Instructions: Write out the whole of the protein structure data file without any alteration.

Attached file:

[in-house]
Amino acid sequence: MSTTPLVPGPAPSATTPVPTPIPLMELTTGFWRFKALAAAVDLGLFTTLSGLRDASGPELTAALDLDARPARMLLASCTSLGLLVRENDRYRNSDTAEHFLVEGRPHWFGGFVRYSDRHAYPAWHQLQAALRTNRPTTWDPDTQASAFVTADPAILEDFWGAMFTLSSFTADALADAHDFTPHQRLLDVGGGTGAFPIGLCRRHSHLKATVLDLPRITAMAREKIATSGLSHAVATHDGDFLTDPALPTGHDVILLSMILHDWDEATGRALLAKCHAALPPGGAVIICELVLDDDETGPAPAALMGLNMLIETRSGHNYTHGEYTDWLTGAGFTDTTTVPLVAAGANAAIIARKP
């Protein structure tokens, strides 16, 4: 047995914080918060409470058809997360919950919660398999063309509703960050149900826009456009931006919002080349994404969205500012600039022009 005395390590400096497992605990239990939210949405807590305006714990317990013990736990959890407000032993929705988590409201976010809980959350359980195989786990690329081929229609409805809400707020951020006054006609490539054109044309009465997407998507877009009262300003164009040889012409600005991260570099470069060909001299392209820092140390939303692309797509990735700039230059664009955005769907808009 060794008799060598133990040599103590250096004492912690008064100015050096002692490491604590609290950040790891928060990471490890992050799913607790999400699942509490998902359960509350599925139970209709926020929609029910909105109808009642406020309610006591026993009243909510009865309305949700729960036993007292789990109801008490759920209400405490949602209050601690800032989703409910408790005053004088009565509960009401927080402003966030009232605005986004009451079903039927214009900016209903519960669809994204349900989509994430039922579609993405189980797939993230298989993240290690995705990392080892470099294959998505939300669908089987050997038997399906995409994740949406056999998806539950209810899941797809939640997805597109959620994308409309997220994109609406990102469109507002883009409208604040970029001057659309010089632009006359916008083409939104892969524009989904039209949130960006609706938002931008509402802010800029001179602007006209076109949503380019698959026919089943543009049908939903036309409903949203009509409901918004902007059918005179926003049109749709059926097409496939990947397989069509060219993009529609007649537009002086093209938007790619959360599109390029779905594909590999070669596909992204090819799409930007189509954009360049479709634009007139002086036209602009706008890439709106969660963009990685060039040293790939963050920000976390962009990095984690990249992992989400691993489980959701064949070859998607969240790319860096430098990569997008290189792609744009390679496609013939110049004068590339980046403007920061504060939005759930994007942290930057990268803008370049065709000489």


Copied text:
[in-house]
Amino acid sequence: MSTTPLVPGPAPSATTPVPTPIPLMELTTGFWRFKALAAAVDLGLFTTLSGLRDASGPELTAALDLDARPARMLLASCTSLGLLVRENDRYRNSDTAEHFLVEGRPHWFGGFVRYSDRHAYPAWHQLQAALRTNRPTTWDPDTQASAFVTADPAILEDFWGAMFTLSSFTADALADAHDFTPHQRLLDVGGGTGAFPIGLCRRHSHLKATVLDLPRITAMAREKIATSGLSHAVATHDGDFLTDPALPTGHDVILLSMILHDWDEATGRALLAKCHAALPPGGAVIICELVLDDDETGPAPAALMGLNMLIETRSGHNYTHGEYTDWLTGAGFTDTTTVPLVAAGANAAIIARKP
């Protein structure tokens, strides 16, 4: 047995914080918060409470058809997360919950919660398999063309509703960050149900826009456009931006919002080349994404969205500012600039022009 005395390590400096497992605990239990939210949405807590305006714990317990013990736990959890407000032993929705988590409201976010809980959350359980195989786990690329081929229609409805809400707020951020006054006609490539054109044309009465997407998507877009009262300003164009040889012409600005991260570099470069060909001299392209820092140390939303692309797509990735700039230059664009955005769907808009 060794008799060598133990040599103590250096004492912690008064100015050096002692490491604590609290950040790891928060990471490890992050799913607790999400699942509490998902359960509350599925139970209709926020929609029910909105109808009642406020309610006591026993009243909510009865309305949700729960036993007292789990109801008490759920209400405490949602209050601690800032989703409910408790005053004088009565509960009401927080402003966030009232605005986004009451079903039927214009900016209903519960669809994204349900989509994430039922579609993405189980797939993230298989993240290690995705990392080892470099294959998505939300669908089987050997038997399906995409994740949406056999998806539950209810899941797809939640997805597109959620994308409309997220994109609406990102469109507002883009409208604040970029001057659309010089632009006359916008083409939104892969524009989904039209949130960006609706938002931008509402802010800029001179602007006209076109949503380019698959026919089943543009049908939903036309409903949203009509409901918004902007059918005179926003049109749709059926097409496939990947397989069509060219993009529609007649537009002086093209938007790619959360599109390029779905594909590999070669596909992204090819799409930007189509954009360049479709634009007139002086036209602009706008890439709106969660963009990685060039040293790939963050920000976390962009990095984690990249992992989400691993489980959701064949070859998607969240790319860096430098990569997008290189792609744009390679496609013939110049004068590339980046403007920061504060939005759930994007942290930057990268803008370049065709000489």